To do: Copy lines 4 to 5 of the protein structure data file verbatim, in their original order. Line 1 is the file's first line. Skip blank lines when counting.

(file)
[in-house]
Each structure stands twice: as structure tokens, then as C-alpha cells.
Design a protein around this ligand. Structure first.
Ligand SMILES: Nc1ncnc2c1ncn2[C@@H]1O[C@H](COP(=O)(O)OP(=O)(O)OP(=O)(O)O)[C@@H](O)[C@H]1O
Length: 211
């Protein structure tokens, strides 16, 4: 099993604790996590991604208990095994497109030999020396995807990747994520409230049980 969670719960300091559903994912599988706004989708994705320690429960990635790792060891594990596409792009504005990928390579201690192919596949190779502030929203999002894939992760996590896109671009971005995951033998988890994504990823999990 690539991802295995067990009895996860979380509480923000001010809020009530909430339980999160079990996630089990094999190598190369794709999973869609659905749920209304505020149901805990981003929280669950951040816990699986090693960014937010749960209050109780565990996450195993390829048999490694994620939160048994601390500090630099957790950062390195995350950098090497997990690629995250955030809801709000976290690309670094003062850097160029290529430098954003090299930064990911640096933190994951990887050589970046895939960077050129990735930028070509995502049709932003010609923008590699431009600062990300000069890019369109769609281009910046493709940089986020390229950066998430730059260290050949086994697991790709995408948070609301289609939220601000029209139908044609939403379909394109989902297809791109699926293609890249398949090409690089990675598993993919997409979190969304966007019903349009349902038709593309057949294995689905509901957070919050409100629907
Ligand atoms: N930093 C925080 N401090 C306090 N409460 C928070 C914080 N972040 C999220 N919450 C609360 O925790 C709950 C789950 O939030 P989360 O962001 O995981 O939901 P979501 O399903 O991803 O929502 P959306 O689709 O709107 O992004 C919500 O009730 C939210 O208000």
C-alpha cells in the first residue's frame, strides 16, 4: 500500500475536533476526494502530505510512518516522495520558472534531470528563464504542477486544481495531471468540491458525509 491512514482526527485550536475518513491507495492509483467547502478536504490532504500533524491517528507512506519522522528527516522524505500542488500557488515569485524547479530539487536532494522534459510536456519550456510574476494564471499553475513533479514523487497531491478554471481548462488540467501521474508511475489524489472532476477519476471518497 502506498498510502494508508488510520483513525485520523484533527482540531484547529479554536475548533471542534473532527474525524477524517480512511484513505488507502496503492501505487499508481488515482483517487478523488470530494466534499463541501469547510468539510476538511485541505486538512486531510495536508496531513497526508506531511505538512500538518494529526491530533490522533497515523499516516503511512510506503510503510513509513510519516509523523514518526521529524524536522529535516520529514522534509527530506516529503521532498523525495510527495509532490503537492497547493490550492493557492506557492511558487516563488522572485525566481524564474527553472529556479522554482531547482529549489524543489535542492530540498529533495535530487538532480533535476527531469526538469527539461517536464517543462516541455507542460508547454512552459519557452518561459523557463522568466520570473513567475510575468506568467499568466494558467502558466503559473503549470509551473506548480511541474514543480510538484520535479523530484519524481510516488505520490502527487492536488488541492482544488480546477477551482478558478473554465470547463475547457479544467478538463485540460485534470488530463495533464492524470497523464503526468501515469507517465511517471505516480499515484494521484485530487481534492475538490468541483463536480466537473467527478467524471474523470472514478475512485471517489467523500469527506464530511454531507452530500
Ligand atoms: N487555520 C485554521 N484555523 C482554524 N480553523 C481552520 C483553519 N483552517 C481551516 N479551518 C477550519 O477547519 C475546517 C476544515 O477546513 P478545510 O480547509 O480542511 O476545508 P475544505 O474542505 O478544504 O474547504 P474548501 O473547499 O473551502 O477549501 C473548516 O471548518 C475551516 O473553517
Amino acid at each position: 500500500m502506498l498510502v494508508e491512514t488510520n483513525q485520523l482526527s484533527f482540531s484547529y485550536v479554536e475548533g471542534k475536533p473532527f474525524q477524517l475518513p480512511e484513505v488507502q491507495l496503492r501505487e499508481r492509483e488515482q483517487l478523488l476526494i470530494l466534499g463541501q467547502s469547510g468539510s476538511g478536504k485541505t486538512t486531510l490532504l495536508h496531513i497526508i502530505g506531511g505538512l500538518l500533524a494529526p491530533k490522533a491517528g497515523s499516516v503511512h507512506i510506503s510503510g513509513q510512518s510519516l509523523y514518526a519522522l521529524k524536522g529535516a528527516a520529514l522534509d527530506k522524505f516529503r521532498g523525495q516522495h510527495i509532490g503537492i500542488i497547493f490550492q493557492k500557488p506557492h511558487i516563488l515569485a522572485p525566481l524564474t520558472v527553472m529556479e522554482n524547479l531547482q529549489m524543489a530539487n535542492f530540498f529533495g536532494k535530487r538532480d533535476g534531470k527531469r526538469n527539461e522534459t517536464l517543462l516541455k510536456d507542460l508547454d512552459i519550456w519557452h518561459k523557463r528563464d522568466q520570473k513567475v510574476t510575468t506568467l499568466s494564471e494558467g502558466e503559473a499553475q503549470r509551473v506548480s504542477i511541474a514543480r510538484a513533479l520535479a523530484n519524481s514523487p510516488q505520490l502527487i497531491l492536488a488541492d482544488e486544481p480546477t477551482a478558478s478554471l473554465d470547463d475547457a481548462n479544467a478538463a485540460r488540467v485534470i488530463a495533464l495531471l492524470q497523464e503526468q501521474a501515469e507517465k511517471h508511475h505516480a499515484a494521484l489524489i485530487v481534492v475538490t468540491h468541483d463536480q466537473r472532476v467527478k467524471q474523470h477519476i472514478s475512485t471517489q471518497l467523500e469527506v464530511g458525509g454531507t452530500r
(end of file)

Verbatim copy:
Ligand SMILES: Nc1ncnc2c1ncn2[C@@H]1O[C@H](COP(=O)(O)OP(=O)(O)OP(=O)(O)O)[C@@H](O)[C@H]1O
Length: 211